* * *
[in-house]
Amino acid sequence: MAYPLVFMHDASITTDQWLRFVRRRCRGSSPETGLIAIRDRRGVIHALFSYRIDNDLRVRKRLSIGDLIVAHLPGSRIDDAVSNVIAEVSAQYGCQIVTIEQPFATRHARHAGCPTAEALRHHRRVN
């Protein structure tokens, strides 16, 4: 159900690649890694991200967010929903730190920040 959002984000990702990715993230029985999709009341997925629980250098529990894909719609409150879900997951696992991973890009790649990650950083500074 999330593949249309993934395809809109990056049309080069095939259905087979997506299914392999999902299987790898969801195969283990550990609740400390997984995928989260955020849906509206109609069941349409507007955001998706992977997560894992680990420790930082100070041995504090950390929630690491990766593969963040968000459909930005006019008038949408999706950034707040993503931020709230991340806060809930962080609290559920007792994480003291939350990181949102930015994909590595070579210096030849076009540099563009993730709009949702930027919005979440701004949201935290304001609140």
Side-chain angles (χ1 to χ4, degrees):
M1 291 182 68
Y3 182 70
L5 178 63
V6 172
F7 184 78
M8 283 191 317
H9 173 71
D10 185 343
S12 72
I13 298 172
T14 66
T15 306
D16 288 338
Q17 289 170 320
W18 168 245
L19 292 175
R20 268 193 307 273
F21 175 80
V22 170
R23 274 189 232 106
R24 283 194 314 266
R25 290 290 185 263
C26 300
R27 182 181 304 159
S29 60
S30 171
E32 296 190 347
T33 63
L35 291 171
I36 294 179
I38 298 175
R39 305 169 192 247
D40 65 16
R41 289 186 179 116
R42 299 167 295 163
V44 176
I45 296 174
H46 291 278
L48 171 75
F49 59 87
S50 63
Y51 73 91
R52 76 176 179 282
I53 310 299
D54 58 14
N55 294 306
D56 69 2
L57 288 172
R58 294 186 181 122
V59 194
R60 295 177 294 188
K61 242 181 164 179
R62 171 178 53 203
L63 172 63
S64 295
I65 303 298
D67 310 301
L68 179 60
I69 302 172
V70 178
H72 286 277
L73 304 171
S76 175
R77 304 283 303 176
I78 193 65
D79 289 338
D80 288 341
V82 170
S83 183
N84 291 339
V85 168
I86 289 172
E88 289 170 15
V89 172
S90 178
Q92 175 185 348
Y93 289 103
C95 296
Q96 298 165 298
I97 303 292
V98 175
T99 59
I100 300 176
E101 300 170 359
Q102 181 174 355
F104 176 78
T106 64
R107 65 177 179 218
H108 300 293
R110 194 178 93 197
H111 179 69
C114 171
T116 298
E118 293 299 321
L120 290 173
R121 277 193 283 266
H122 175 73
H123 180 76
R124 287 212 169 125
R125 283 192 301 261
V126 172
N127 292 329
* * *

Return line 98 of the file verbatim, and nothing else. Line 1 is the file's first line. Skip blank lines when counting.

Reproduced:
E118 293 299 321